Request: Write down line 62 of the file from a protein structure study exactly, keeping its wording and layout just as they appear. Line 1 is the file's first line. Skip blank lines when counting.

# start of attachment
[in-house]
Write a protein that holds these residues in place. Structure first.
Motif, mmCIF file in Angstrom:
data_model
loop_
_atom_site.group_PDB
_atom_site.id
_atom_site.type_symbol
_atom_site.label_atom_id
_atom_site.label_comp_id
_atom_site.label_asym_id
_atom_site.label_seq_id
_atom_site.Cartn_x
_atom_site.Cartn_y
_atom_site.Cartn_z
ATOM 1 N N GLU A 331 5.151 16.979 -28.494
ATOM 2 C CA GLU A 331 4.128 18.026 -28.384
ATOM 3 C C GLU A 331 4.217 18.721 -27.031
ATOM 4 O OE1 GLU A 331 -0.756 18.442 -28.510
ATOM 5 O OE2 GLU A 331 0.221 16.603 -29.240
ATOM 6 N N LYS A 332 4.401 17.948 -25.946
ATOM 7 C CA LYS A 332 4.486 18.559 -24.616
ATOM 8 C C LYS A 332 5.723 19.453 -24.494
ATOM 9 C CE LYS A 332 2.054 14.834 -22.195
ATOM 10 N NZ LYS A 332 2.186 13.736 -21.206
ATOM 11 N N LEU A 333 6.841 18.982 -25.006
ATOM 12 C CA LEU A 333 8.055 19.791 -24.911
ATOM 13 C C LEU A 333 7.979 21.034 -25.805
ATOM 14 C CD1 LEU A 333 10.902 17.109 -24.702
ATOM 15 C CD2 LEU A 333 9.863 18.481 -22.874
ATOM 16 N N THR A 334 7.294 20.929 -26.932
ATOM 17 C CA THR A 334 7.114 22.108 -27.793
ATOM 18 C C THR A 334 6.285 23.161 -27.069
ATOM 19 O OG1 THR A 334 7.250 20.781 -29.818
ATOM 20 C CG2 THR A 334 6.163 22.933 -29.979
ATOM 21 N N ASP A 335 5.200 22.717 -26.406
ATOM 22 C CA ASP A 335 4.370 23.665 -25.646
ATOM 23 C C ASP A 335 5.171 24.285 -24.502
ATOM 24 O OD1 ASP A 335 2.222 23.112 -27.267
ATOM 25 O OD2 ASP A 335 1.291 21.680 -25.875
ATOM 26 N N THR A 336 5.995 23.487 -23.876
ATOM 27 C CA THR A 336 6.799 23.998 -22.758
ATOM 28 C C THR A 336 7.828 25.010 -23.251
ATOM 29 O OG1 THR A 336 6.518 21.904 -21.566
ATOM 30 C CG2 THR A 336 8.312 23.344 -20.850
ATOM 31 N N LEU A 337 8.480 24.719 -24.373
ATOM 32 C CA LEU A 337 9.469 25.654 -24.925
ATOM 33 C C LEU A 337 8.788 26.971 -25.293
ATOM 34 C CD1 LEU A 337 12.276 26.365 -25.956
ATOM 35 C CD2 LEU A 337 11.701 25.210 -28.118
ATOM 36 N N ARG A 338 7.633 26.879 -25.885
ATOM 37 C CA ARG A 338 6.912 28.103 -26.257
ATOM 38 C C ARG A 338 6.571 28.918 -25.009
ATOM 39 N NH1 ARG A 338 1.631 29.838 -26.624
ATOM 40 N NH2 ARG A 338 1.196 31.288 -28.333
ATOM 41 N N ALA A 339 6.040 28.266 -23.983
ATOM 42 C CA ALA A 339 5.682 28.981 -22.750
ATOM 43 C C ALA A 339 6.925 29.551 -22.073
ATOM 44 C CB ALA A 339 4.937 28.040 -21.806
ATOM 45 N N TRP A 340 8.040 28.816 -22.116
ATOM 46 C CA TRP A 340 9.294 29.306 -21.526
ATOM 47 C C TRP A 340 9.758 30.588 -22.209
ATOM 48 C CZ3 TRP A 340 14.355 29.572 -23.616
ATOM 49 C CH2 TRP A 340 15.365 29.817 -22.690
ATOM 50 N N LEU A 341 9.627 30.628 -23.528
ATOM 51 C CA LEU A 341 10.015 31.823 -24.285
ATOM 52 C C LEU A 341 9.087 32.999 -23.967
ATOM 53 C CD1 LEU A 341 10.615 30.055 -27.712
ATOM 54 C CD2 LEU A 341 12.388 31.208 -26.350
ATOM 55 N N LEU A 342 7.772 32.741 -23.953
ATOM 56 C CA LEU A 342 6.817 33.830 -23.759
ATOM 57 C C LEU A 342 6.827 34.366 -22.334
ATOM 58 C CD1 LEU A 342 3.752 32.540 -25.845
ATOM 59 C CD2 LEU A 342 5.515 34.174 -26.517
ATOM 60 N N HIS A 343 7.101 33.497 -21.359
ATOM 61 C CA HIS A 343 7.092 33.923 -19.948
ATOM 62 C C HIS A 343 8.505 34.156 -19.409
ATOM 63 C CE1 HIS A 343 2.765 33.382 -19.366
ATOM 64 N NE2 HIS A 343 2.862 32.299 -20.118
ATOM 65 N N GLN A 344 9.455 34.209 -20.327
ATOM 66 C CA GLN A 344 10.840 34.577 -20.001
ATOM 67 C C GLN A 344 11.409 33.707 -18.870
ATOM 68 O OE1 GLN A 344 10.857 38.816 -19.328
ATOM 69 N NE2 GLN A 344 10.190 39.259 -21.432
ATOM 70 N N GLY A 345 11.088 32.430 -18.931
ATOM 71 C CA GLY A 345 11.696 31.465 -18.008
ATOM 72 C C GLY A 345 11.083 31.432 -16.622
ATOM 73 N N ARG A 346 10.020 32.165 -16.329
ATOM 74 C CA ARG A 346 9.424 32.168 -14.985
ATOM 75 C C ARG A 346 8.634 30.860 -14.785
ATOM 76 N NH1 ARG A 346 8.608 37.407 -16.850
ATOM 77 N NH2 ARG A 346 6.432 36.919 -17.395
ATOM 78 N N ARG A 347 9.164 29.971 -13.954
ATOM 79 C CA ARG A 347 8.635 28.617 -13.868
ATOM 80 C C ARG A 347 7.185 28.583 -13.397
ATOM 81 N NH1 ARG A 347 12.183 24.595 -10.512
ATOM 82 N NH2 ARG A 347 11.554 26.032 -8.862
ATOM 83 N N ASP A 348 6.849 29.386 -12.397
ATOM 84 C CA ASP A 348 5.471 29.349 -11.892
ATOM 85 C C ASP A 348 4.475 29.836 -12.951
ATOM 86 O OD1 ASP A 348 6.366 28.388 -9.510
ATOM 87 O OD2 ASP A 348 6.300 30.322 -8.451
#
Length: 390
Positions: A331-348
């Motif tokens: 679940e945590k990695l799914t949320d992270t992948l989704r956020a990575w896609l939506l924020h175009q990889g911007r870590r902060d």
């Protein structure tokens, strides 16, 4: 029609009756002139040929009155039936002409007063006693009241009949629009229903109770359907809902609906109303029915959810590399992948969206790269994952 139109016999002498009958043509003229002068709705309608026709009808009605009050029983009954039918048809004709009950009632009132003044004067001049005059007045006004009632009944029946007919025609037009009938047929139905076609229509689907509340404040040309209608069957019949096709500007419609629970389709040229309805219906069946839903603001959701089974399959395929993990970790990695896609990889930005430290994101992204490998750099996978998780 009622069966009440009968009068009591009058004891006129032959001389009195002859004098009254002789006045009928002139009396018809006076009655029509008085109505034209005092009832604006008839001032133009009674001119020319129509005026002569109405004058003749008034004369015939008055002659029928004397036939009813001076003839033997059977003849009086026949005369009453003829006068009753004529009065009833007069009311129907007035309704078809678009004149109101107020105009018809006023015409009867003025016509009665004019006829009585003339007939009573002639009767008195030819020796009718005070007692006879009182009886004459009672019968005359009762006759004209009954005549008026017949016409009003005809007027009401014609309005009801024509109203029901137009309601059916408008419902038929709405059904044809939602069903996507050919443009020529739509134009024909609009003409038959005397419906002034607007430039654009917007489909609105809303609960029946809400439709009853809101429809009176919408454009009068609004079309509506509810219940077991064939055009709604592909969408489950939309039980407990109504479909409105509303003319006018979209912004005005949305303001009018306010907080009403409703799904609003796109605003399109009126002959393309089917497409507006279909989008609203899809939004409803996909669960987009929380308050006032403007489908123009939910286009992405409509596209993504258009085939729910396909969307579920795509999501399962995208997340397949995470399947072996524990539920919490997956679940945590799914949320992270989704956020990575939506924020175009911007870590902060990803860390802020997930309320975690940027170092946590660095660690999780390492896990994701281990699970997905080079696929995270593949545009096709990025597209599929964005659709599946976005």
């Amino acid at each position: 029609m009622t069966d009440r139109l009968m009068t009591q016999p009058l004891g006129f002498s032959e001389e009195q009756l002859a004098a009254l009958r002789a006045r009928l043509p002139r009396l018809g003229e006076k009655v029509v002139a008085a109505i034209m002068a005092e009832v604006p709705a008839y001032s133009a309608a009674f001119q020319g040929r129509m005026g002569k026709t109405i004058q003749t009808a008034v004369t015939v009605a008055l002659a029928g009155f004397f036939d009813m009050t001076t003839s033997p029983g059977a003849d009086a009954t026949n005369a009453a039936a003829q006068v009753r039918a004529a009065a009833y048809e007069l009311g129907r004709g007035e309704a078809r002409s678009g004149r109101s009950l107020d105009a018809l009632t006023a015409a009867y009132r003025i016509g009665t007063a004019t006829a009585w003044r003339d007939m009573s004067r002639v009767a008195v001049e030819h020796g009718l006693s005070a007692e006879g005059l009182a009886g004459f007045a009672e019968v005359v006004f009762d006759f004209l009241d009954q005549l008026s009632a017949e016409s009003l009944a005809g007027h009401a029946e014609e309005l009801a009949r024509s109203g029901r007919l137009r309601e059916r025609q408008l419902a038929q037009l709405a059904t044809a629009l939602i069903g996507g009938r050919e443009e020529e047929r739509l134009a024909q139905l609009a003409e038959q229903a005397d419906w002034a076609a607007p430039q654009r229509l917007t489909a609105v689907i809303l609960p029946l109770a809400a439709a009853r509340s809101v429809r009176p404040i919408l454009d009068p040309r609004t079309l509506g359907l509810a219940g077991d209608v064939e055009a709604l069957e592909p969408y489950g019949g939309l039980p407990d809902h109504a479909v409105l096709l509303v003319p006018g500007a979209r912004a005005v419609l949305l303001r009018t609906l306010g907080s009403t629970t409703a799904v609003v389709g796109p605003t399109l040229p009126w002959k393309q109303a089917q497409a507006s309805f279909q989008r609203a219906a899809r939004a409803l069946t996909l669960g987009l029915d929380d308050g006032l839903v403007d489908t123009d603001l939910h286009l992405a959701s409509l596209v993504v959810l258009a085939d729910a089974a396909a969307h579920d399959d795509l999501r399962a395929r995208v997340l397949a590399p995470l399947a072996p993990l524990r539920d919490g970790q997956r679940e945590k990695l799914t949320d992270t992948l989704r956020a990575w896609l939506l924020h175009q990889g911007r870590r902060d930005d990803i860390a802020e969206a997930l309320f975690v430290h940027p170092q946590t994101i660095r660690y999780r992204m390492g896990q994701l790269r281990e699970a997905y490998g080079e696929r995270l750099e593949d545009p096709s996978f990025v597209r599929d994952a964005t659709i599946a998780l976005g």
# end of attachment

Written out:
ATOM 47 C C TRP A 340 9.758 30.588 -22.209